Sunday, 10 October 2010

Permissive Society, Raging Bulls



Just some of the leading actresses (as they were then known) of the 70s who had key roles as victims of sexual violence:

Sissy Spacek, Nancy Allen, Faye Dunaway, Isabel Huppert, Jodie Foster, Jane Fonda, Julie Christie, Susan George, Diana Ross, Raquel Welch, Diane Keaton, Liv Ullmann, Mia Farrow, Charlotte Rampling, Joan Collins, Catherine Deneuve, Candice Bergen, Jessica Lange, Margot Kidder, Angie Dickinson, Stephanie Beacham, Sally Kellerman, Pam Grier, Mariel & Margeaux Hemingway, Farrah Fawcett, Lesley Anne Downe, Barbara Hershey, Genevieve Bujold, Brooke Shields, Charlotte Rampling, Sylvia Krystel, Barbara Hershey, Susan Sarandon.*

Directors of the 70s - who used sexual violence in their key films:

Sam Pekinpah, Martin Scorcese, Brian Depalma, Roman Polanski, Stanley Kubrick, Bernardo Bertollucci, Michael Winner, Don Seigel, Robert Altman, Claude Chabrol, John Carpenter, Nicholas Roeg, Ken Russell, Clint Eastwood, Alan J. Pakula, Pasolini, Jodorowsky, Wes Craven, George A. Romero, Jonathan Demme, Michael Ritchie, Paul Schrader, Marco Ferreri, Bertrand Blier, William Friedkin, Sidney Lumet, Ingmar Bergman, Rainer Werner Fassbinder, Richard Brooks, Arthur Penn, Luis Bunuel, Ridley Scott, and the grandaddy of them all... Alfred Hitchcock.**

These lists only cover the 70s 'mainstream' - we'll leave aside the endless reels of porn, exploitation, and 'video nasties' for now (or the many emerging national cinemas of the period). But the question remains: why, even if we allow for the easing of censorship, was rape such a defining motif of the 70s? How did its 'legendary' directors make such a name for themselves with an unprecedented level of visual misogyny? Why, from '68 onwards, was rape used so frequently, 'humorous' to horrific, left-wing to right-wing, leading the plot or as background incident, overwhelmingly man on woman, but also incorporating man-on-man, paedophilia, incest, necrophiliabestiality... and even between humans and demons, viruses, machines or aliens? Particularly telling is how almost every genre and market (however 'niche') indulged in scenes of rape of some kind.

It's now common currency that late 70s/80s cinema was a restoration of sorts, but even then rape continued to march across screens regardless; this time with the 'rape revenge' cycle, in line with the right-wing agenda of the 'rehabilitated' hero on the side of law and order, family values, and imperial wish fulfillment. But for many films of the 70s that (at the very least) had deeply ambivalent attitudes towards the traditional hero and the ideology he represented, rape became the brutality du jour - standing in for capital in many cases, sometimes for the urban/ethnic hordes in need of 'cleansing', at other times for the unaccountable power of government and military, or uncontainable 'rebelliousness'.

The (re)emergence of feminism at the dawn of the 70s had a part to play, of course - but was it seen as that threatening so early? Unlike 40s noir (itself revived in a big way during the 70s), 70s male confusion and anxiety was reluctant to blame women outright for their woes. It instead became a ritual, a motif present in the most inappropriate of narrative arcs. A shorthand way of telling us the Hero Isn't a Nice Guy, or Capitalism Is Cruel, or The Orgy's Gone Too Far. Most telling of all, rape was something for men to deal with (or dramatically fail to deal with). Such ambiguities were often closed to the women concerned. If they were 'lucky', then it was a one night stand and/or silenced with a door slammed in their face. Otherwise it was rape, a gaping wound, or a long take of their mutilated remains to get the second act in gear.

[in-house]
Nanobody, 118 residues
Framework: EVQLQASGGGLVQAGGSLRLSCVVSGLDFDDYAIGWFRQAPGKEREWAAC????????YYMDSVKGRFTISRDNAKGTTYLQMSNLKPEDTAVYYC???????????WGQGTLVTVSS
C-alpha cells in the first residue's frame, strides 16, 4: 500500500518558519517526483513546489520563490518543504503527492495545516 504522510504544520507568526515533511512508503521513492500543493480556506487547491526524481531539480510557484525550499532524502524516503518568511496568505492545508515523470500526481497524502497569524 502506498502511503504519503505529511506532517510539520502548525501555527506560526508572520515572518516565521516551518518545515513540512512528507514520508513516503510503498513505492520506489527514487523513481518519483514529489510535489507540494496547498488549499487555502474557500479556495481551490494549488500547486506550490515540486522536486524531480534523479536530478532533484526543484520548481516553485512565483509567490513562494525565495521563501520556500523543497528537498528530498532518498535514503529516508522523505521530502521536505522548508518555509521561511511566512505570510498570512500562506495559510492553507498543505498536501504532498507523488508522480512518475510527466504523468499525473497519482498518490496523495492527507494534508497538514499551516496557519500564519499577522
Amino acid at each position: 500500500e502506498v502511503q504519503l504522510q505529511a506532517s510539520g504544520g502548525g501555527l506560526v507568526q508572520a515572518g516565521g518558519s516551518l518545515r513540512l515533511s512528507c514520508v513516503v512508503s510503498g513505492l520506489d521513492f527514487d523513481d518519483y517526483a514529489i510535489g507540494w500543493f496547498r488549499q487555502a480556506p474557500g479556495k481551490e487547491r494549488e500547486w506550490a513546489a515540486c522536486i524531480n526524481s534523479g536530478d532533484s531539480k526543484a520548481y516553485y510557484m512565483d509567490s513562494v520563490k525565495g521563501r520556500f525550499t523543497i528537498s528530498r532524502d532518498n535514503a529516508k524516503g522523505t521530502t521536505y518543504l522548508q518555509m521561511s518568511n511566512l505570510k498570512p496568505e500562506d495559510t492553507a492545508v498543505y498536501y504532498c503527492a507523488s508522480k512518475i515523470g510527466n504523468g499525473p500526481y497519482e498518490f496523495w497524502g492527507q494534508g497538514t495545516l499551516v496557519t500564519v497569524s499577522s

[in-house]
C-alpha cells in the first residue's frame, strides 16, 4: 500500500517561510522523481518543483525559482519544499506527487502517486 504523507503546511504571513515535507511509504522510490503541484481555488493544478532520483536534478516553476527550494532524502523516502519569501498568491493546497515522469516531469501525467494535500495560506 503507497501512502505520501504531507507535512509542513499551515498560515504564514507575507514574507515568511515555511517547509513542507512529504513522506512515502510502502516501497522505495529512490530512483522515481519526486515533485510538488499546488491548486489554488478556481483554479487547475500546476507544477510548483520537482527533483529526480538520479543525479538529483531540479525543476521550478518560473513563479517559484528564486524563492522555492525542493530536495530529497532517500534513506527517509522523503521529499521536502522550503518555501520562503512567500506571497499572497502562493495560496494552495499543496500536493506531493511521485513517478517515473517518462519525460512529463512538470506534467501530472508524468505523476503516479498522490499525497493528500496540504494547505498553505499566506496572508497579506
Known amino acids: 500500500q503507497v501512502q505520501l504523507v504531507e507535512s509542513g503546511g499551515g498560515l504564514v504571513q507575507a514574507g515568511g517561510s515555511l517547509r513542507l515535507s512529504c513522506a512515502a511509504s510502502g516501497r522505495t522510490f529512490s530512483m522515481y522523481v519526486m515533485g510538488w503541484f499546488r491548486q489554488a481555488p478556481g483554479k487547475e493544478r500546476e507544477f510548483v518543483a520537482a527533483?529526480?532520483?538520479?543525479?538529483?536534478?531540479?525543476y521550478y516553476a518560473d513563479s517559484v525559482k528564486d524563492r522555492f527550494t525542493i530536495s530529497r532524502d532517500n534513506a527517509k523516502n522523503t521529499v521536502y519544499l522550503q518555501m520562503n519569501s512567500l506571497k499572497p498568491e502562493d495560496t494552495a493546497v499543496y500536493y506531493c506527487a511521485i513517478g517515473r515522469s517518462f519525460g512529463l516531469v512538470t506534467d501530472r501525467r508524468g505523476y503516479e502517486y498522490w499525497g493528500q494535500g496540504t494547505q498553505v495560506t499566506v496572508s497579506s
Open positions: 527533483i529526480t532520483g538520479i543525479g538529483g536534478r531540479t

It is perhaps telling how 'iconic' some of these films - and their 'maverick' auteurs - now are. Long awaited 'uncut' versions generate hype (among boys of all ages) restoring the kind of misogyny that censors and county councils once thought beyond the pale. How far we've come in the name of 'liberation'!


*You may find some of these names obscure. Of those that survived the increasingly juvenile casting demands of the 80s/90s, many continued in parts where they fight institutional misogyny (but win over the 'liberal' self-flattery of tinseltown). With the 'redemption' requirements of later Hollywood, they often came up trumps on a 'personal' level. A case in point being Jodie Foster, who went from being a twelve-year old prostitute (nearly all these actresses played prostitutes), to a court case/academy award winning gang rape victim, to her most successful role as a plucky FBI agent who melts the heart of a cannibalistic serial killer... to her current niche as maternal vigilante who's mad as hell and won't take it anymore.

**Of the surviving directors, many have the convenient niche of cynical hackery or basically remaking the same film over and over again, until that darn oscar shows up. They overcame misogyny by pushing female characters as far back as is narratively possible, and making maleness it's own melodrama.

2 comments:

Benjamin said...

Ms 45 is an interesting example of the rape revenge film (http://en.wikipedia.org/wiki/Ms._45), obviously exploitive, but also painting an image of the pervasiveness of misogyny, to the point that when the lead (zoe tamerlis) starts shooting all the guys at the end it doesn't seem an unjust act at all... also the director, Abel Ferrara, plays one of the rapists...

Wayne Kasper said...

Director's pervert/mysoginyst/psycho cameos seem quite common. What about Scorsese's rant in Taxi Driver? Or further back, Michael Powell abusing his own kid in Peeping Tom?